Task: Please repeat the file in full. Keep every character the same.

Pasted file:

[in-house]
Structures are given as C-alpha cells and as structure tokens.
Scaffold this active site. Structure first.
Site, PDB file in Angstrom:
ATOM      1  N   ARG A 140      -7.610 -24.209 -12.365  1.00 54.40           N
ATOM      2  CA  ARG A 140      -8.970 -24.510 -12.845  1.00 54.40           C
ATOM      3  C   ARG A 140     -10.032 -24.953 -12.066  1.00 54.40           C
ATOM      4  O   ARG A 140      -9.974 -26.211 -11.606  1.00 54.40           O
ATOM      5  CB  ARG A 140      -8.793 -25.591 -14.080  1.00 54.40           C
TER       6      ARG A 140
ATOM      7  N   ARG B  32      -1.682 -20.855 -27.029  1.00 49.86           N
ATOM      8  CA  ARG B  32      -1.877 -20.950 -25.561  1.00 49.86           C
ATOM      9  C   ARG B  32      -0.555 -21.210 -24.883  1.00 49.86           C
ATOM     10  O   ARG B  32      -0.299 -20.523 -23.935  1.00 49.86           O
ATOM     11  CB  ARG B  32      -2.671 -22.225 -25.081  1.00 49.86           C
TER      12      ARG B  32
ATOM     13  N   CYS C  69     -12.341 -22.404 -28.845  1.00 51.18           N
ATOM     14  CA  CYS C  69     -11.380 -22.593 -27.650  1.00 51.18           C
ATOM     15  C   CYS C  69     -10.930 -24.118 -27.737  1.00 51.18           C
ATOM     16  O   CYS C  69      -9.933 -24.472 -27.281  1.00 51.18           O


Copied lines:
[in-house]
Structures are given as C-alpha cells and as structure tokens.
Scaffold this active site. Structure first.
Site, PDB file in Angstrom:
ATOM      1  N   ARG A 140      -7.610 -24.209 -12.365  1.00 54.40           N
ATOM      2  CA  ARG A 140      -8.970 -24.510 -12.845  1.00 54.40           C
ATOM      3  C   ARG A 140     -10.032 -24.953 -12.066  1.00 54.40           C
ATOM      4  O   ARG A 140      -9.974 -26.211 -11.606  1.00 54.40           O
ATOM      5  CB  ARG A 140      -8.793 -25.591 -14.080  1.00 54.40           C
TER       6      ARG A 140
ATOM      7  N   ARG B  32      -1.682 -20.855 -27.029  1.00 49.86           N
ATOM      8  CA  ARG B  32      -1.877 -20.950 -25.561  1.00 49.86           C
ATOM      9  C   ARG B  32      -0.555 -21.210 -24.883  1.00 49.86           C
ATOM     10  O   ARG B  32      -0.299 -20.523 -23.935  1.00 49.86           O
ATOM     11  CB  ARG B  32      -2.671 -22.225 -25.081  1.00 49.86           C
TER      12      ARG B  32
ATOM     13  N   CYS C  69     -12.341 -22.404 -28.845  1.00 51.18           N
ATOM     14  CA  CYS C  69     -11.380 -22.593 -27.650  1.00 51.18           C
ATOM     15  C   CYS C  69     -10.930 -24.118 -27.737  1.00 51.18           C
ATOM     16  O   CYS C  69      -9.933 -24.472 -27.281  1.00 51.18           O